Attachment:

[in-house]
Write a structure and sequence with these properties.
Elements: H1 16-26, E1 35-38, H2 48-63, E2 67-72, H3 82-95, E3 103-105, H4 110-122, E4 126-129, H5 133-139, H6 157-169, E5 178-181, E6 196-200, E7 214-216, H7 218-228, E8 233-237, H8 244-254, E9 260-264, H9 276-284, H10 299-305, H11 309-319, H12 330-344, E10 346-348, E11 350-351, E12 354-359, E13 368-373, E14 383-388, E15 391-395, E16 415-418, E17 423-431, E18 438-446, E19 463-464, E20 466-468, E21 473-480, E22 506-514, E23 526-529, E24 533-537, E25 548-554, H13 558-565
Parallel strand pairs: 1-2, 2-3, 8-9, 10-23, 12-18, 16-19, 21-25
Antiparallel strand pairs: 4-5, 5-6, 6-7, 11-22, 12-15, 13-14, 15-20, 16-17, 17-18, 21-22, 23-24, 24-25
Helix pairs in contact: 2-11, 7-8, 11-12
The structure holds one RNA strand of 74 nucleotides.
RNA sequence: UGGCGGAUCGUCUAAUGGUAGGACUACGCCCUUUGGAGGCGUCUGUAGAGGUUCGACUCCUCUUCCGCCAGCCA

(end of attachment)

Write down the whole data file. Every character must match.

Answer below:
[in-house]
Write a structure and sequence with these properties.
Elements: H1 16-26, E1 35-38, H2 48-63, E2 67-72, H3 82-95, E3 103-105, H4 110-122, E4 126-129, H5 133-139, H6 157-169, E5 178-181, E6 196-200, E7 214-216, H7 218-228, E8 233-237, H8 244-254, E9 260-264, H9 276-284, H10 299-305, H11 309-319, H12 330-344, E10 346-348, E11 350-351, E12 354-359, E13 368-373, E14 383-388, E15 391-395, E16 415-418, E17 423-431, E18 438-446, E19 463-464, E20 466-468, E21 473-480, E22 506-514, E23 526-529, E24 533-537, E25 548-554, H13 558-565
Parallel strand pairs: 1-2, 2-3, 8-9, 10-23, 12-18, 16-19, 21-25
Antiparallel strand pairs: 4-5, 5-6, 6-7, 11-22, 12-15, 13-14, 15-20, 16-17, 17-18, 21-22, 23-24, 24-25
Helix pairs in contact: 2-11, 7-8, 11-12
The structure holds one RNA strand of 74 nucleotides.
RNA sequence: UGGCGGAUCGUCUAAUGGUAGGACUACGCCCUUUGGAGGCGUCUGUAGAGGUUCGACUCCUCUUCCGCCAGCCA